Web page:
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Expert GuidanceHow to Eat for Better Sleep

How to Eat for Better Sleep

Dr. Jaclyn Tolentino, a family physician and wellness expert, explains the connection between what you eat and how you sleep.

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Have you ever woken up from a terrible night's sleep and thought it must have been something I ate? Well, believe it or not, it actually might be. (gentle music) I'm Dr. Jaclyne Tolentino, a board-certified family physician and wellness expert. Many of my patients come to me with sleep issues and while they've often considered caffeine intake, bedtime habits like staying up too late, and stress, what people don't usually think about is the relationship between what they eat and how they sleep. The goal of a good night's sleep is to wake up feeling completely rested and refreshed and ready to tackle a new day. In order to do that, our bodies need the appropriate fuel to fully go into sleep mode, otherwise you won't sleep as deeply and your body won't be able to completely recharge. The food choices you make to fuel your rest are part of something that's called sleep hygiene: the practices and habits that help to ensure that we get enough of the high quality sleep that our bodies need to function properly. This includes making sure that we are preparing ourselves for restful sleep by creating a relaxing, soothing, and not too stimulating or stressful environment, and generally making sure that we get seven to eight hours of shuteye each night. So when it comes to eating for a good night's sleep, here are a few simple tips. Depending on what time you're aiming to be in bed, it's best to avoid eating too early or too late in the evening. Our bodies begin secreting melatonin, the sleep hormone, around the time that the sun sets, which makes the ideal bedtime a few hours after dark. Regardless of your bedtime, aim to eat your last meal of the day about three hours before you plan go to sleep to give your belly time to settle after a meal. Remember, digestion is an active process so it's not ideal to lay down immediately after eating. Eating dinner three hours ahead of time not only ensures that you won't get hungry again before bed, but also prevents a blood sugar drop in the middle of the night, which can wake you up. Next, it's all about what you eat. Your evening meal is a really good time to eat fiber-rich vegetables, lean proteins, and complex carbohydrates. But regardless of your eating style, the goal here is to support slow and gentle digestion while you sleep by eating foods which are easy to digest and substantial enough to keep you comfortably full, but not too full throughout the night. This ensures that your blood sugar levels are stable and your body isn't working so hard that it keeps you from falling asleep or staying asleep. Avoid foods that are too stimulating or hard to digest before bed. This means taking it easy on sugar and high fat foods. Foods high in sugar can cause your blood sugar to spike and then crash, leading to altered...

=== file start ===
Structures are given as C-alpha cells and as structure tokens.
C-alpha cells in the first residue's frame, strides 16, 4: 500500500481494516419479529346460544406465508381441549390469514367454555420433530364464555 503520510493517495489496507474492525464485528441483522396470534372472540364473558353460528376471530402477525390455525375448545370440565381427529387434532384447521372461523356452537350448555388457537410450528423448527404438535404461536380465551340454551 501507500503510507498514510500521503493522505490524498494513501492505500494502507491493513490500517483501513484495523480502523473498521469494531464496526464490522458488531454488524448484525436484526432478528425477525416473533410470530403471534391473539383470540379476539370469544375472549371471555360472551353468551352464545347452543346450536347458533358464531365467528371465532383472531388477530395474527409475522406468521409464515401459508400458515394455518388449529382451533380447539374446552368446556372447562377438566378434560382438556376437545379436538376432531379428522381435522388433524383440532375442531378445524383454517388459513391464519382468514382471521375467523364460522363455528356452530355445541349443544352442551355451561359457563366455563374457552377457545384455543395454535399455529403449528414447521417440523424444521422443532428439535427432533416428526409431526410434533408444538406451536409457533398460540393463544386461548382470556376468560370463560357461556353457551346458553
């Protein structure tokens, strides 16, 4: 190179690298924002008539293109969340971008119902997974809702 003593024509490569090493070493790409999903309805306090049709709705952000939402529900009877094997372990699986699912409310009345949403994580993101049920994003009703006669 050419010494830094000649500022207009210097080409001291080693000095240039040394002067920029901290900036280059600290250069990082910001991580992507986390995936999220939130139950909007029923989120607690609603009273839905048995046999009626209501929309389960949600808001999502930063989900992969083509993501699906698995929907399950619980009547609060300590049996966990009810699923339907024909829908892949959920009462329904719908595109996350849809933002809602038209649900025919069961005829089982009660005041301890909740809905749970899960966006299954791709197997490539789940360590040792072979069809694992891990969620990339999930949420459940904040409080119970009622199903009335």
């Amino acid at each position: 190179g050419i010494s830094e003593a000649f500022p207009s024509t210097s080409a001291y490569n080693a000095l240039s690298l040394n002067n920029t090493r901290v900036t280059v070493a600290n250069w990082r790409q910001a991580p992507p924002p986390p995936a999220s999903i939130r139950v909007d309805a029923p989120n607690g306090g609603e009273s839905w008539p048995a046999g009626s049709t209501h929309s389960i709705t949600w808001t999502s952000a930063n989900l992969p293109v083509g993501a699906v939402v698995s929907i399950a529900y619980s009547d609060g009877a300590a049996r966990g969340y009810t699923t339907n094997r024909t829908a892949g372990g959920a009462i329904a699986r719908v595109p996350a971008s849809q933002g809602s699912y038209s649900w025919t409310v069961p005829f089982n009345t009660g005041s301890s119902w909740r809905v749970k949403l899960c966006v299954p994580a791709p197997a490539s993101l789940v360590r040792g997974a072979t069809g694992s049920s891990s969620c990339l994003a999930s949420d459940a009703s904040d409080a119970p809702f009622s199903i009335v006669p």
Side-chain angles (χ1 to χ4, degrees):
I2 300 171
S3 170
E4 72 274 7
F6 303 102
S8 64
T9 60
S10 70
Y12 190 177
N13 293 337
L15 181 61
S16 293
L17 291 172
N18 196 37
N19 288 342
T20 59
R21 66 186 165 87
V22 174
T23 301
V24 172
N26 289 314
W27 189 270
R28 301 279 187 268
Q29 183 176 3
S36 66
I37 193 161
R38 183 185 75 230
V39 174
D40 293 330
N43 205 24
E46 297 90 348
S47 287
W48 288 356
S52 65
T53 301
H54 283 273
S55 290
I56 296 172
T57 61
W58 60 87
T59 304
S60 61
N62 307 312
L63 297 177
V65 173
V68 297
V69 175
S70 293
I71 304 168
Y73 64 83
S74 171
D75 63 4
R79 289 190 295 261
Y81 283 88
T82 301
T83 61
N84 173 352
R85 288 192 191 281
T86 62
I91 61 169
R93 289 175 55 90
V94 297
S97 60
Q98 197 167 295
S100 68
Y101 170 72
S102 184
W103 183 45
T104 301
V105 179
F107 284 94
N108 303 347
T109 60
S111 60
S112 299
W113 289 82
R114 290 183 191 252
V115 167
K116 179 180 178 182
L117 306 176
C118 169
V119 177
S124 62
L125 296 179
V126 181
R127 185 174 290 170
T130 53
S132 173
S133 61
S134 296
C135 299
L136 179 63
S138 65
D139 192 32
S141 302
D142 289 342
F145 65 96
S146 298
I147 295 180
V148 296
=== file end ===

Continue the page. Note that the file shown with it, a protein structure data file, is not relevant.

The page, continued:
TypeExpert Guidance
Duration4 min

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